Friday, October 15, 2010

Oct 17 29th Sunday Ordinary Time Year C

Oct 17 29th Sunday Ordinary Time Year C
Readings: Ex 17:8-13; 2 Tim 3:14-4:2; Lk 18: 1-8

Last Sunday, the readings led us to discover the transforming power of prayer that is not only capable of uprooting the worst human sickness, but that leads one to the source of being cured and totally healed. This Sunday, the readings focus on another aspect of prayer – the power of persistent prayer. Such persistence is a determination to continue in our prayer particularly the highest prayer of thanksgiving – the Eucharist, every Sunday and even every day. Making the Eucharist the centre of our lives as Catholics is the best way of persisting in prayer. Being at Mass Sunday after Sunday or even daily can be compared with Moses keeping his hands upraised - a gesture of prayer, in order to assure the Lord’s continuous protection and help as we hear in the First Reading. “As long as Moses kept his arms raised, Israel had the advantage” in battle against one of the fiercest fighters Israel ever had. No nation on earth could ever defeat them. But with Moses’ hands raised in prayer to the God of Israel, with Aaron and Hur holding Moses’ hands up high in the ancient posture of prayer, with the forces of God on the side of Israel, not only was Amalek defeated, this fierce nation was totally destroyed. The continuous assistance by the Lord gave Israel courage and confidence, a note woven into the responsorial psalm. “Our help is in the name of the Lord who made heaven and earth”. Paul’s second letter to Timothy also sees the apostolic ministry in terms of persistence. “Be persistent whether it is convenient or inconvenient...through all patience and teaching.”

In today’s Gospel, Jesus tells “his disciples a parable about the necessity for them to pray always without becoming weary.” Jesus is very aware that his disciples and us tend to give up too soon, and therefore tells them the parable of a widow who kept going to a judge until he finally accepted to intervene for her. We are not told what her case involved, but because of her persistence, she got what she wanted. The point of the parable is clear: There is nothing impossible with God. Just as there were no enemies too strong for the forces of Israel with God on their side, so too when God fights with us against the forces of evil; the forces that try corrupt God’s people with sin. We must always persist in our prayer because we believe that God will grant our request, whether we pray for others or for change in our own lives. Just as Israel had fierce battles with Amalek, we too have our own Amalek to fight – our vices and weakneses. Whether we fight our sinful habits: explosive temper, anger or whatever vice like alcoholism or drug addiction, don’t ever give up. With the persistent power of prayer, the fiercest enemy will fall, just like Amalek, and our ardent prayers of faith answered. Prayer is always an invitation to remain patient and humble, and if we do, God in his time will listen to our prayer and grant us our favour. Jesus assures us in the rhetorical question, "will not God then secure the rights of his chosen ones who call on Him day and night?” Let me sum up in a few points. 1) The power of persistent prayer is exemplified best by going to Mass Sunday after Sunday or even daily and in all humility believing that in the end, with God on your side, you will win the battle. 2) The readings remind us of our own fierce battles with our own Amalek. We must never to give up, because with the persistent power of prayer, even the fiercest enemy – the devil will fall. 3) Persistence in prayer helps us to make prayer a way of life, and not just something we do. 4) “If God is for us, who can be against us? (Rom 8:31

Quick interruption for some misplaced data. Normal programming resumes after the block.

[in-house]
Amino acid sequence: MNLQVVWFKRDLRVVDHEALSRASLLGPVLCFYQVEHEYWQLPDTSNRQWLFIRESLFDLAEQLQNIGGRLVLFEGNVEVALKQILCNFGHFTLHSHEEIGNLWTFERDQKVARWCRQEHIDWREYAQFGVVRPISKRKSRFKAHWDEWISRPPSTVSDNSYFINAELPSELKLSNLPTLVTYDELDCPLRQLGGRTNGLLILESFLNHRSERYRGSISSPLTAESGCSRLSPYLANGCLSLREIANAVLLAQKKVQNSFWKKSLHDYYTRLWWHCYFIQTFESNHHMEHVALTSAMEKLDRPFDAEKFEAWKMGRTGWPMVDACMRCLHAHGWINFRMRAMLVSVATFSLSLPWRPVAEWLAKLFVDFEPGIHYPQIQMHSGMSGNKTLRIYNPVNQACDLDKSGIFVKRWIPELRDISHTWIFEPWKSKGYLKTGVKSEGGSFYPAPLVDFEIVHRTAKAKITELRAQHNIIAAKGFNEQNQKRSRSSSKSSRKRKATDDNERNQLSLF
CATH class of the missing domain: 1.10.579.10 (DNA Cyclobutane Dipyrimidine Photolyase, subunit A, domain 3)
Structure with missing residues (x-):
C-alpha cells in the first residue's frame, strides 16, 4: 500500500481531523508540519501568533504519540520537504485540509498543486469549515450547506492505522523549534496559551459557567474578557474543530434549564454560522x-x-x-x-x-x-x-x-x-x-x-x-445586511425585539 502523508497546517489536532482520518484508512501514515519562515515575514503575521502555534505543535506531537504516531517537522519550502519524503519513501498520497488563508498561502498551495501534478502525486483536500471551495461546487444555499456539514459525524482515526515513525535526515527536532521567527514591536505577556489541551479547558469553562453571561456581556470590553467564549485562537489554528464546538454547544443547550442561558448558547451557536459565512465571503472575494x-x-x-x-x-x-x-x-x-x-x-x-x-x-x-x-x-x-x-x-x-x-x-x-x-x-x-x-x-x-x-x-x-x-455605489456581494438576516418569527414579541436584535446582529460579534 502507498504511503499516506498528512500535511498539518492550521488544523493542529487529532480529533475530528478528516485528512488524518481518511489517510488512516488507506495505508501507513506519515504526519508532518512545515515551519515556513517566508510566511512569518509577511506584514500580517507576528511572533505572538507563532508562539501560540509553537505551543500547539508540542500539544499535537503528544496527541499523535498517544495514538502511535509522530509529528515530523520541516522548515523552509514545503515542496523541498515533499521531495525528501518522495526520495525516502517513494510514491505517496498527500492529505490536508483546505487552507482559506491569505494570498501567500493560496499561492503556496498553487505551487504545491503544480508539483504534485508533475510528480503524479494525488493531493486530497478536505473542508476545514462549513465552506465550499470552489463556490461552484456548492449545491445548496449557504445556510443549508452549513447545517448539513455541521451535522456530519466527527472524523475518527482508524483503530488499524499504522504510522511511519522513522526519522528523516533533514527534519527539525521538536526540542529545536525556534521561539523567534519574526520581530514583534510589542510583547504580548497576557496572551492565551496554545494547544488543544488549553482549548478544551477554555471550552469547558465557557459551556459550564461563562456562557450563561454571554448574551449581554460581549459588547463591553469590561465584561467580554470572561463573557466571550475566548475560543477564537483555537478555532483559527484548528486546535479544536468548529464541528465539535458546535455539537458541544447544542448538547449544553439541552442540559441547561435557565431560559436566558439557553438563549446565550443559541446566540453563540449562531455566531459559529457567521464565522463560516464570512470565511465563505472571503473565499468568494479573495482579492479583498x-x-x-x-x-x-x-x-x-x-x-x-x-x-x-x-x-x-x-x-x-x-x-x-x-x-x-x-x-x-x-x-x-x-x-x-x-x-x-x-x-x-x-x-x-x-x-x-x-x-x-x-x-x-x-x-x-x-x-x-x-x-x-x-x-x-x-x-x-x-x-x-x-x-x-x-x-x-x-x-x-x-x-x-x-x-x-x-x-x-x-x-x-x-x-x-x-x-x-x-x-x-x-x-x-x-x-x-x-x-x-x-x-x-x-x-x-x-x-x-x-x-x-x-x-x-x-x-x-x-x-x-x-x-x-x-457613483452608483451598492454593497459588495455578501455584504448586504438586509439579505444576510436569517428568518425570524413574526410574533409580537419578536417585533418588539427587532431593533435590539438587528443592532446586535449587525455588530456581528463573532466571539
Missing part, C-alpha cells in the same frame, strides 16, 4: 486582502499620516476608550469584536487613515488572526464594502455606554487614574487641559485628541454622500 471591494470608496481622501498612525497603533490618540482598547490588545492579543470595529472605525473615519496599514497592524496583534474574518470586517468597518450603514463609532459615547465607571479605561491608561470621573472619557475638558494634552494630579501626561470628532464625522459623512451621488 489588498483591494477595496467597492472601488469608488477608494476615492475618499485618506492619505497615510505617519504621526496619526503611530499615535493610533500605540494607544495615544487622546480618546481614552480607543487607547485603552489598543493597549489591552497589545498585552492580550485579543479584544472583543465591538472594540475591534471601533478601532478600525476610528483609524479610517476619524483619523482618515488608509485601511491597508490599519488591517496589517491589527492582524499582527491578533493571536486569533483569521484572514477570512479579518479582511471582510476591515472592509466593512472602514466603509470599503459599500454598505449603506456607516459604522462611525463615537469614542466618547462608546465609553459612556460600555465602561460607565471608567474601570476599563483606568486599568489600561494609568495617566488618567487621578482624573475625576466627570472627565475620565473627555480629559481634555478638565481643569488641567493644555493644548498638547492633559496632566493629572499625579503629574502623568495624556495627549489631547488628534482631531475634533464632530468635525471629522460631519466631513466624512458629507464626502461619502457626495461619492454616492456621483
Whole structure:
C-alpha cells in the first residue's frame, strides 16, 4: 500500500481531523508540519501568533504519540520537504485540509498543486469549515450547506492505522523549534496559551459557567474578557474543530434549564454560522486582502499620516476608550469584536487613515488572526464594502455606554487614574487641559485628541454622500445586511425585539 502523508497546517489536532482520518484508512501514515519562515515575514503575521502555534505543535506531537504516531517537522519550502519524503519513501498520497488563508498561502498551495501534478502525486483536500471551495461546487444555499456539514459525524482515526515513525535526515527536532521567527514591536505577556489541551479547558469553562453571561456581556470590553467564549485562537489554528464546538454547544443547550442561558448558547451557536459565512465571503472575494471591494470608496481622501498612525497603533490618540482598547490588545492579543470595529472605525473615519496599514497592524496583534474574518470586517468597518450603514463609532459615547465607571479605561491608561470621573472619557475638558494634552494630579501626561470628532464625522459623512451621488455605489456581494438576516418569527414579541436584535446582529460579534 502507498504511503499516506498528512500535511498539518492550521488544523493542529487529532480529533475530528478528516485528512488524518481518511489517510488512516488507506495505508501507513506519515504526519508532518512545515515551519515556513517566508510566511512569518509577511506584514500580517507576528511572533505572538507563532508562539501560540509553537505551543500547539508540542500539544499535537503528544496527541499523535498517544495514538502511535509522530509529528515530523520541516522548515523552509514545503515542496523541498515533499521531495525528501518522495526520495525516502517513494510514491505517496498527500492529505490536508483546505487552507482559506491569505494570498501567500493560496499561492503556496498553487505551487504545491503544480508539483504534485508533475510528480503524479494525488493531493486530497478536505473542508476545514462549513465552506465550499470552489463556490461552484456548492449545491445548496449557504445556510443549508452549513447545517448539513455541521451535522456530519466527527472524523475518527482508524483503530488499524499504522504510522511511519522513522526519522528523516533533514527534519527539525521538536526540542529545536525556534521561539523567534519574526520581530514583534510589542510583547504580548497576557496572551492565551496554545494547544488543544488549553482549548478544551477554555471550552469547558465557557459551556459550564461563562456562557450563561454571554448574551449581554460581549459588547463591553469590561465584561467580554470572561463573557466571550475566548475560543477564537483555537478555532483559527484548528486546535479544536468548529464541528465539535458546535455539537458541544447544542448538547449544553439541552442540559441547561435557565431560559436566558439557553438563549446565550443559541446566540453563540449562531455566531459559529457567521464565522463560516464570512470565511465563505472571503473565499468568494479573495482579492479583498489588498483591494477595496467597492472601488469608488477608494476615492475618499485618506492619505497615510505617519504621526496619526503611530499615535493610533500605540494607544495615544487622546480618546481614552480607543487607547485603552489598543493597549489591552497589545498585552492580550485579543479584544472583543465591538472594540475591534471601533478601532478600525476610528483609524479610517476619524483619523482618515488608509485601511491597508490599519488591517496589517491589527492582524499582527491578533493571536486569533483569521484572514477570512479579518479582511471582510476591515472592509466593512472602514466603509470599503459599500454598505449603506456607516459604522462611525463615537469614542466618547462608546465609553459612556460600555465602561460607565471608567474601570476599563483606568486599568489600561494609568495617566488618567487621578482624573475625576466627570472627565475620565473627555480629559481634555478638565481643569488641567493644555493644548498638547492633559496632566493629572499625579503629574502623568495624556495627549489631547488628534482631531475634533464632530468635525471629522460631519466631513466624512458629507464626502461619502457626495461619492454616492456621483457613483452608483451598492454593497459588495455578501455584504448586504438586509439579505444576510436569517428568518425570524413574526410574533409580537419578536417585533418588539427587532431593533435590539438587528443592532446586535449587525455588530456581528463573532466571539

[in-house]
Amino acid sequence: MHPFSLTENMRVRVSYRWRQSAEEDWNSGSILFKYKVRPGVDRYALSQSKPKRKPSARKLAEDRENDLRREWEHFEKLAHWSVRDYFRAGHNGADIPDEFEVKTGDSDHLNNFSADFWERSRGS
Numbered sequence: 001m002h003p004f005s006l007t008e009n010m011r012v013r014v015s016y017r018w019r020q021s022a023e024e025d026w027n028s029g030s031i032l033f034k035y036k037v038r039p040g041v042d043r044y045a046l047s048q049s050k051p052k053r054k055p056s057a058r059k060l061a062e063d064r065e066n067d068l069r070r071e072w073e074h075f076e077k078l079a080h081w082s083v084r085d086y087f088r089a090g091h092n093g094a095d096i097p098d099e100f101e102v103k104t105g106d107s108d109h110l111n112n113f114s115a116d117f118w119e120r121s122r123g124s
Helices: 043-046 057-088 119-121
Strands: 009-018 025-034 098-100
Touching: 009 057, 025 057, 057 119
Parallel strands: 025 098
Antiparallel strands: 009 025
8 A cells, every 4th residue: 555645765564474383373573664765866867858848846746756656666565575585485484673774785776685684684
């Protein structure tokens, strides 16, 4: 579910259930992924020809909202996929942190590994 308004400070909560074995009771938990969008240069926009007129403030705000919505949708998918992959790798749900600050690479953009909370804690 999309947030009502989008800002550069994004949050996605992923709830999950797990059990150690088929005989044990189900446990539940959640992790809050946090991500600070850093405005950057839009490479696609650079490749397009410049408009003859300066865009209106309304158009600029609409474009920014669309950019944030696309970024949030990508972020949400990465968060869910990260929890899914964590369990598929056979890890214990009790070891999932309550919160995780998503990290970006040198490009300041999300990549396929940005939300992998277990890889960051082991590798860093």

©2010 John S. Mbinda
Homily and Music


Mrs. Malani Baker said...

Thank-you , Father for this excellent homily. It was very interesting and really reminded me that prayer should be a HABIT out of love - Love for God the Father who has given us so much.

Msgr. John S. Mbinda said...

Thank you Malani for your kind and encouraging comment.
Fr. John